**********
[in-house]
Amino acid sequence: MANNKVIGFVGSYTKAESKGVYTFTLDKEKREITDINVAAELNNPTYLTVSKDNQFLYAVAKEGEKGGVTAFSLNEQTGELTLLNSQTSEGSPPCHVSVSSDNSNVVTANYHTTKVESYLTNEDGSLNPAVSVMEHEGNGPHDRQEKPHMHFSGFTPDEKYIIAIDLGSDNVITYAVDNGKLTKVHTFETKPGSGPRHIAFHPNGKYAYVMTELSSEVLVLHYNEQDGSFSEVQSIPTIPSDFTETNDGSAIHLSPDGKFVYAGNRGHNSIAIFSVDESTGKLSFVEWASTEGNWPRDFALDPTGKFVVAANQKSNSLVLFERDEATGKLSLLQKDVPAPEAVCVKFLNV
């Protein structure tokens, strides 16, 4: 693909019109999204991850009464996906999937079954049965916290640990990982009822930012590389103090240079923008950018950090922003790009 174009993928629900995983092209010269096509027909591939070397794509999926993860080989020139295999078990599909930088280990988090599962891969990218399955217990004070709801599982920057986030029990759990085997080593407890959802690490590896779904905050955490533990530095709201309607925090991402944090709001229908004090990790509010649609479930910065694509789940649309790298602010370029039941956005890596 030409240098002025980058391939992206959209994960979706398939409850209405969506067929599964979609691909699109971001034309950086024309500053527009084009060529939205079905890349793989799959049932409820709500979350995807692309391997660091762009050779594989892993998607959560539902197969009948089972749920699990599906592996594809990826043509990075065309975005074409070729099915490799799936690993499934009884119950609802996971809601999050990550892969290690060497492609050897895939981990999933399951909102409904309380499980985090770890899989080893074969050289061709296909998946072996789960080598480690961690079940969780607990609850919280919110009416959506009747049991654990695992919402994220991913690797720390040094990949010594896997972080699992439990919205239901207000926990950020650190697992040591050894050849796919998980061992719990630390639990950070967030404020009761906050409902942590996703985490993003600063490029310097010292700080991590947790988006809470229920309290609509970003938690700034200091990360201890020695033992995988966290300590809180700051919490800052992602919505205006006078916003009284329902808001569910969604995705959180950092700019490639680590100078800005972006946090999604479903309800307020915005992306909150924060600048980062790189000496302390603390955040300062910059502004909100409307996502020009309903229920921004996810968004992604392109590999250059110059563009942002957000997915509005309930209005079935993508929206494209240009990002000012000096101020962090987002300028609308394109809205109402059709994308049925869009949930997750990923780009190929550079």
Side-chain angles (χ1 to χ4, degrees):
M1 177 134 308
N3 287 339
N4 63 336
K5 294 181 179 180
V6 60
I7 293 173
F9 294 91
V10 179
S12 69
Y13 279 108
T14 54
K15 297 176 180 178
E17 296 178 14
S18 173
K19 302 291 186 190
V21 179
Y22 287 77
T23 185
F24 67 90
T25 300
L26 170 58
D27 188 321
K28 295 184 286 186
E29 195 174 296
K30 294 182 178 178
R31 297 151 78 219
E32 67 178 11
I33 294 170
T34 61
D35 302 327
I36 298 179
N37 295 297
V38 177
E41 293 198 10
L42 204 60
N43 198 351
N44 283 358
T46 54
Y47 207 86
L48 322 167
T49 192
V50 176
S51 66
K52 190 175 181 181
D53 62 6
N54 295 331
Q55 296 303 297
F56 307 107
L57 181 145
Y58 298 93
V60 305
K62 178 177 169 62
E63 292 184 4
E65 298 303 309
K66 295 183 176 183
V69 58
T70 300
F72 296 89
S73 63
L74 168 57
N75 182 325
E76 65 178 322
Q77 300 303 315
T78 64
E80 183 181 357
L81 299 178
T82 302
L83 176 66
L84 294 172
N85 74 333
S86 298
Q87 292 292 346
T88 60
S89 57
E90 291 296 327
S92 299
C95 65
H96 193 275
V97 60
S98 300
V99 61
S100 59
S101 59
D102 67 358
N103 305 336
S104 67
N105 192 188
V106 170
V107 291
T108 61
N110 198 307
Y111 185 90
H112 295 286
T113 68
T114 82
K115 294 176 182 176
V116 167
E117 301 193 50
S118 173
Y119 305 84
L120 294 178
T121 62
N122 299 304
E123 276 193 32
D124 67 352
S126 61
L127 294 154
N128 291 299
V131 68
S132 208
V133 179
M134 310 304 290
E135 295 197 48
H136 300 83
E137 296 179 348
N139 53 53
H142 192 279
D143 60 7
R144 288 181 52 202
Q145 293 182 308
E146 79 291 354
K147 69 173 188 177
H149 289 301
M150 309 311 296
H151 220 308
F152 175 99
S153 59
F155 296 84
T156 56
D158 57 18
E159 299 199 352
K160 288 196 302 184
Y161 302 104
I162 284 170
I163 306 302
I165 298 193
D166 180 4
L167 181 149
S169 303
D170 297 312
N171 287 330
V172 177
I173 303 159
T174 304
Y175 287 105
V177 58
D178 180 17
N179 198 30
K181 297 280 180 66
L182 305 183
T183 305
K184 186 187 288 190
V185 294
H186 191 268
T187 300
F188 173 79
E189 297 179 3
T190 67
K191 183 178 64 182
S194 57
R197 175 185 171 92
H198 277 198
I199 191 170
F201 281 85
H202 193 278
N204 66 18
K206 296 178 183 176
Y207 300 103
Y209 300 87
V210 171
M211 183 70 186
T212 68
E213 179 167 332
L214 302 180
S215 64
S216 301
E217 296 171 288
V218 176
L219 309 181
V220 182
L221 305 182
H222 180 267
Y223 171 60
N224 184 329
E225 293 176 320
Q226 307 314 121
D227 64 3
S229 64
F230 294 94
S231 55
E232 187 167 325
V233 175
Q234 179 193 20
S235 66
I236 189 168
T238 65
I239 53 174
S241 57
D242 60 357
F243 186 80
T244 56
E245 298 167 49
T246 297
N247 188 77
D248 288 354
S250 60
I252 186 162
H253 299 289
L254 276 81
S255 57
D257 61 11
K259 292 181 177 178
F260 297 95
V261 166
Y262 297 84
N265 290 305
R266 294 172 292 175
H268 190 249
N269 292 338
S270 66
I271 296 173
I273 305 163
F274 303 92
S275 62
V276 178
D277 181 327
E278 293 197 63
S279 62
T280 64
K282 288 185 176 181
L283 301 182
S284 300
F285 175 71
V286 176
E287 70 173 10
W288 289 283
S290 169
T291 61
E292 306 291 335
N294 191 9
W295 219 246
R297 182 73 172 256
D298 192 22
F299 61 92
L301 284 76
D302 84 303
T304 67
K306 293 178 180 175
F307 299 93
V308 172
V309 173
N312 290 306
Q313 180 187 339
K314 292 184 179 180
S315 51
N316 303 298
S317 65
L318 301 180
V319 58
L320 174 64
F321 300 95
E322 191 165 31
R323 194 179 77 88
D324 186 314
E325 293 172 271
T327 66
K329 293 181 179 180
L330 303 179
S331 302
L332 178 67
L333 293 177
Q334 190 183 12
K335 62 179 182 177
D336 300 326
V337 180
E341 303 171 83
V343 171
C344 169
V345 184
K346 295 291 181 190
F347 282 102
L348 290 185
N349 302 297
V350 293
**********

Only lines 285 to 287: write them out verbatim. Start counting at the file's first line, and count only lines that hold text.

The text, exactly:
F347 282 102
L348 290 185
N349 302 297